Posts Tagged ‘motherhood’

This is the week we’re all thinking about new beginnings, of course, with 2012 just days away. I haven’t made any resolutions except for committing, I suppose, to greeting my fortieth birthday in August with a hospitable attitude.

When writing the “Eve” section of A Thousand Vessels, I of course explored all sorts of geneses. I imagined a suburban business park as a new, wild land; identified with Eve’s first experiences with marital discord and birth; and considered my own new beginnings in marriage and motherhood.

In “My Daughter’s Hands,” I recount a moment when I began to realize that my daughter was a separate entity ready to explore her own Eden of discovery without me. As I’m sure many parents will agree, these moments are bittersweet: we must allow our own “creations” to make their own choices, good or bad, with the beautiful freedom God affords.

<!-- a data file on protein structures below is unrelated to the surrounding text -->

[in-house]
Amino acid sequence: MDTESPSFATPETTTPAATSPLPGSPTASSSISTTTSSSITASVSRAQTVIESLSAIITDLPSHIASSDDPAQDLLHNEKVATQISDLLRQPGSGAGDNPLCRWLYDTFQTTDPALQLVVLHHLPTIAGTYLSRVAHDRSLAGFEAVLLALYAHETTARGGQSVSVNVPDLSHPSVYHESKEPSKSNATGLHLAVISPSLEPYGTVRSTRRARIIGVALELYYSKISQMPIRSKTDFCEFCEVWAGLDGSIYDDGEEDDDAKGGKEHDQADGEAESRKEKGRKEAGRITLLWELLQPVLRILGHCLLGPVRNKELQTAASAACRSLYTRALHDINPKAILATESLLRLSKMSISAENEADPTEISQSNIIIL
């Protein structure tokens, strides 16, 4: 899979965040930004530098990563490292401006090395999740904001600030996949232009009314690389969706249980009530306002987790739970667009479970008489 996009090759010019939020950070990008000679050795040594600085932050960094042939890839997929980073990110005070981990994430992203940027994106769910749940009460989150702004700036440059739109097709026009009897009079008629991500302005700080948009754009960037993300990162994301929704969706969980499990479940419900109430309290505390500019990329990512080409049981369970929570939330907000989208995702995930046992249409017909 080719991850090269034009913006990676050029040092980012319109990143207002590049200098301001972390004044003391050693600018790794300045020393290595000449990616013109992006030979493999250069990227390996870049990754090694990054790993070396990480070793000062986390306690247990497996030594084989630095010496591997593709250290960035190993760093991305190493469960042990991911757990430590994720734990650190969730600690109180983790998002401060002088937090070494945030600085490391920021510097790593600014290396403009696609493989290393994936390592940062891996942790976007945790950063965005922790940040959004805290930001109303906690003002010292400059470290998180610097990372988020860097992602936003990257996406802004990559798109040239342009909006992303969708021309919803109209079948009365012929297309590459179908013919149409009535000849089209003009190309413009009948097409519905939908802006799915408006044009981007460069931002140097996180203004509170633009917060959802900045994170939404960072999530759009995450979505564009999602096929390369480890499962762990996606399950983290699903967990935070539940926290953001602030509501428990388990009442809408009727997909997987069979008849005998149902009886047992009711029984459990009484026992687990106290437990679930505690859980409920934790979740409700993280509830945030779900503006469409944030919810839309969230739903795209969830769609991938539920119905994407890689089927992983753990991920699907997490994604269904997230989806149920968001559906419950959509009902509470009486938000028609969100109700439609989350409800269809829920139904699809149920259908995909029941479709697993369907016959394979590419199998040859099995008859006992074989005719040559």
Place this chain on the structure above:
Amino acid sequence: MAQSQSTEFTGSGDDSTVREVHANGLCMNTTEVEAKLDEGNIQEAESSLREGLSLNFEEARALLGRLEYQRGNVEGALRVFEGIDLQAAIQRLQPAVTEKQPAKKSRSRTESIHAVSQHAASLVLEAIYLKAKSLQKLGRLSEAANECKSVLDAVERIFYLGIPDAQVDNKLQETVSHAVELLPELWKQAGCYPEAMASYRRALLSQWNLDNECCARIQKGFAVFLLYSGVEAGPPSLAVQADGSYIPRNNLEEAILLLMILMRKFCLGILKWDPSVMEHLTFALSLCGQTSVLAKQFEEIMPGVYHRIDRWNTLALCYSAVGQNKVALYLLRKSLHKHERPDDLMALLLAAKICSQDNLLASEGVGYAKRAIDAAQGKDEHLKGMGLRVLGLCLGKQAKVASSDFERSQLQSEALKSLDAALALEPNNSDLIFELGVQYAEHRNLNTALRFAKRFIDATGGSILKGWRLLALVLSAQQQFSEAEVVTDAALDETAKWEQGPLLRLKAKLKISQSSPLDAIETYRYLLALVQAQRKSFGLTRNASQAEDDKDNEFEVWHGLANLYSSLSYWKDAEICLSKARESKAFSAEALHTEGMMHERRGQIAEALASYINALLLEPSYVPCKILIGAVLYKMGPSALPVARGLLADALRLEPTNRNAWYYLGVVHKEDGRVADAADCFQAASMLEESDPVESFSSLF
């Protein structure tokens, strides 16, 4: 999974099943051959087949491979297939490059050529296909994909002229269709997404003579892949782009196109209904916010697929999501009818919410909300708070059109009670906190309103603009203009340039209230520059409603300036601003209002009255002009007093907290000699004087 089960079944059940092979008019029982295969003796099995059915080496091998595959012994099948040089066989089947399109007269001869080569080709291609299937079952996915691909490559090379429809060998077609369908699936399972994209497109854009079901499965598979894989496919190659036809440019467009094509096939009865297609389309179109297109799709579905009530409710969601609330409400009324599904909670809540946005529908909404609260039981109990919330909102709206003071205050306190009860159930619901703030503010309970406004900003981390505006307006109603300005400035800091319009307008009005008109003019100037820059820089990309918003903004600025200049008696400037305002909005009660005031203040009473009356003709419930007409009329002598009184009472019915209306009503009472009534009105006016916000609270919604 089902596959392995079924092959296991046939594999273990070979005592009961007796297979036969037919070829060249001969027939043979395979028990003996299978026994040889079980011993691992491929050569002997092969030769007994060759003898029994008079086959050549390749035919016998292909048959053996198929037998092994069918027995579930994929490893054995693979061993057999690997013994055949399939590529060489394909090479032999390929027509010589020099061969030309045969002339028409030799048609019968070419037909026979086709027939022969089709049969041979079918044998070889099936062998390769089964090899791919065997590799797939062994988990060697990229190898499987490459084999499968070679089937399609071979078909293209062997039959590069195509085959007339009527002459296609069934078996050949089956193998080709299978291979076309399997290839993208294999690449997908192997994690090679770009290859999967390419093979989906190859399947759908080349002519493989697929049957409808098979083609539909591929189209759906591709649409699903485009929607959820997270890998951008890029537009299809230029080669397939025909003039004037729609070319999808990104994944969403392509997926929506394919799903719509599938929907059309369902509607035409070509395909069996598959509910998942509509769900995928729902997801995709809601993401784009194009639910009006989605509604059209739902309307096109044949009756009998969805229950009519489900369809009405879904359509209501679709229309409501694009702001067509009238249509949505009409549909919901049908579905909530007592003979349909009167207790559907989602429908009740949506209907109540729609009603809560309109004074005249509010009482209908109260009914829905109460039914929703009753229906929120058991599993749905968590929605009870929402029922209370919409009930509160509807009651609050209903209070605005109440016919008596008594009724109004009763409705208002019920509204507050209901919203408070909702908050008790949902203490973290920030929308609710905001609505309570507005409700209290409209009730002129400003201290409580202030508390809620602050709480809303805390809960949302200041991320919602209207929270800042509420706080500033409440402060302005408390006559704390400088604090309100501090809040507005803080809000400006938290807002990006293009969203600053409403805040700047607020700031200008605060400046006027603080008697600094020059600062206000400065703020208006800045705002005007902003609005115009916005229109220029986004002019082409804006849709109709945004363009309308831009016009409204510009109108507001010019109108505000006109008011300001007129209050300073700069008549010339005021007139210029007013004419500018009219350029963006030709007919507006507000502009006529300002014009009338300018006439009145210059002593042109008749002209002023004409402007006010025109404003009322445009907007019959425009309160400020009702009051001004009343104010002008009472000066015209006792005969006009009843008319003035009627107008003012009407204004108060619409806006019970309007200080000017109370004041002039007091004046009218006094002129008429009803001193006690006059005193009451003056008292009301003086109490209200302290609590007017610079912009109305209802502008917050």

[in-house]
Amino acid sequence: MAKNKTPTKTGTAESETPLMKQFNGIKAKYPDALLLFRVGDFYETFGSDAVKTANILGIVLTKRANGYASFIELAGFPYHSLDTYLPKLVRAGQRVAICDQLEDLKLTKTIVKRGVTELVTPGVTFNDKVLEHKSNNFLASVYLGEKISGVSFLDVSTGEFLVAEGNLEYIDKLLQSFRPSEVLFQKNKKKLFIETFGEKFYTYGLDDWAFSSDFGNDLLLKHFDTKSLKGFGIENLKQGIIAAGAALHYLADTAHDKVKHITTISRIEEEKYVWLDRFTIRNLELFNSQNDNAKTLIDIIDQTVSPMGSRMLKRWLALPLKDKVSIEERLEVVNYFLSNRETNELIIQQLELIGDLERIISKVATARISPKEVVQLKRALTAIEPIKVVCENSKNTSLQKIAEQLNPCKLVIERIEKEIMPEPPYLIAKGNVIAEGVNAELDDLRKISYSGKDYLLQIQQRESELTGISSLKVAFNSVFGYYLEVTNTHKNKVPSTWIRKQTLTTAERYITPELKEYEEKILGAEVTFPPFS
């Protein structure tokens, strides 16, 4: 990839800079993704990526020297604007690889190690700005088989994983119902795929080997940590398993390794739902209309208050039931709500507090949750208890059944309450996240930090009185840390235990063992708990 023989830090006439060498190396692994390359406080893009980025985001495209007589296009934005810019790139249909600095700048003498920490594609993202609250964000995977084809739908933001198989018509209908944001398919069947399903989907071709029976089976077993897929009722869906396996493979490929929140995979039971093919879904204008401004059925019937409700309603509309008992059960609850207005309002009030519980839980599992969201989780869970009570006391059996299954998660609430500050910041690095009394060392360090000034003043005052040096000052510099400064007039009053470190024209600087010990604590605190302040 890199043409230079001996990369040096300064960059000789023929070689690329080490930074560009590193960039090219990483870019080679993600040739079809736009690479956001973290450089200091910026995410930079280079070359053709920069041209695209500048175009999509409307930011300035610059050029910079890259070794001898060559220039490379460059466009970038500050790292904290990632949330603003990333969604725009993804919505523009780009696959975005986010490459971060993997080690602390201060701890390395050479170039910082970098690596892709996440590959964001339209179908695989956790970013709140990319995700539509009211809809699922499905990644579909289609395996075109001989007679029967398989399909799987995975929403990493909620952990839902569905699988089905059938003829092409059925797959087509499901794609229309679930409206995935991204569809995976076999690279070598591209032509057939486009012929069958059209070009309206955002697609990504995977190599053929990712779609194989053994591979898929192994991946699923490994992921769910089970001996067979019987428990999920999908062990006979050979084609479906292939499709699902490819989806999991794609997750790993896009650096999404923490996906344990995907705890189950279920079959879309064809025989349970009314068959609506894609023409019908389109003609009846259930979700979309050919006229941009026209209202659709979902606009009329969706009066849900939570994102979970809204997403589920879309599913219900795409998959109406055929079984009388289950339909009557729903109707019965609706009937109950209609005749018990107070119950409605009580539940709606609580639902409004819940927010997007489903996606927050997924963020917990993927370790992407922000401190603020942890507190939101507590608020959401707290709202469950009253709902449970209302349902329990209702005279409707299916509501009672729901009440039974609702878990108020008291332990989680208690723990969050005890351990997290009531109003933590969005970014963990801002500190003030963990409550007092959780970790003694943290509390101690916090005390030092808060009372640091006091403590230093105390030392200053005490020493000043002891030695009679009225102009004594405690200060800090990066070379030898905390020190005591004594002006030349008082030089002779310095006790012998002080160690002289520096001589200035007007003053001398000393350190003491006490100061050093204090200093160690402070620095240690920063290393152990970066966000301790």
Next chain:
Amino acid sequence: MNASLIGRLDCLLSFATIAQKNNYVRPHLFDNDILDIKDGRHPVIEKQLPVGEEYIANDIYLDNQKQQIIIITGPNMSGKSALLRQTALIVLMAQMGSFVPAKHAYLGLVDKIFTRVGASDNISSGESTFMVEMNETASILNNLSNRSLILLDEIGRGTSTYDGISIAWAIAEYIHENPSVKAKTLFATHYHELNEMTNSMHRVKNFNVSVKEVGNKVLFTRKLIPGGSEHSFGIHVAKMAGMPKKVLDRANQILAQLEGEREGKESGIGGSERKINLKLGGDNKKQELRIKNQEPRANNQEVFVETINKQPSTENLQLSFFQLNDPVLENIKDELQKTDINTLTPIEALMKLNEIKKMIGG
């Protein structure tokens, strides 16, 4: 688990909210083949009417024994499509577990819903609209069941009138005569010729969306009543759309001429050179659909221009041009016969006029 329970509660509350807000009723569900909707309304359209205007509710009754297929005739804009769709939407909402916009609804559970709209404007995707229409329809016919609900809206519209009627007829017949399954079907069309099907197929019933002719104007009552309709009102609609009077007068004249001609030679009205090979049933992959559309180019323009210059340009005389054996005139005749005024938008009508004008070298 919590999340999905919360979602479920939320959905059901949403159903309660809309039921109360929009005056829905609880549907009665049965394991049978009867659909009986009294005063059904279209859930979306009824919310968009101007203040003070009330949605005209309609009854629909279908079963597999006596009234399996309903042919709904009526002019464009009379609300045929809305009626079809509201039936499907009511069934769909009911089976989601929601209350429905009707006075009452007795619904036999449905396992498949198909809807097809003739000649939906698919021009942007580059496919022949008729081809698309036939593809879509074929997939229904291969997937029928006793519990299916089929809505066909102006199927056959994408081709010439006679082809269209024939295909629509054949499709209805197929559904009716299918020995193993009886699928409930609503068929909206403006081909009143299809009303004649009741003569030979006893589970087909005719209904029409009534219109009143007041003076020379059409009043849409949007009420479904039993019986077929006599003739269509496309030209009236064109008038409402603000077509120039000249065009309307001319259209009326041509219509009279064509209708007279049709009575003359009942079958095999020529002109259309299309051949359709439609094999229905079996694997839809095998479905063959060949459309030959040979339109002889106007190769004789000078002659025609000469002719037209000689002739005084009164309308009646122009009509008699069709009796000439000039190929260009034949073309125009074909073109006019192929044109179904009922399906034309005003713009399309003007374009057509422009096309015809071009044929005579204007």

My Daughter’s Hands

When did you hatch these pink birds
that alight on everything in the house?
They land on power cords and houseplants,
perch between the window blinds.

At communion, I hold you on my lap
as I take a cup from the silver tray.
Every muscle in your body strains.
You want nothing more in this world,
love nothing as you love this purple vial.
Color swims there. Light bounces.
You whimper, stretch and shriek.

People turn. Yet I know the moment I say no
your world will begin to go wrong.
You will learn that most bright things
are never meant to be touched
and have purposes other than your joy.
You will learn the tension in my neck
as I shake my head to the beautiful movements
of your flesh. You will swim against
the current of my voice jutted with stone eyes.
And eventually, even when we embrace,
a curtain will fall between us
like the thinnest, coldest silk.

So child, take the cup and let it splash;
suck the sweet plastic and grin.
May your saliva roll down your chin and neck
like jewels, sparkle on your fingers
that have just this brief time
to fly over the world.


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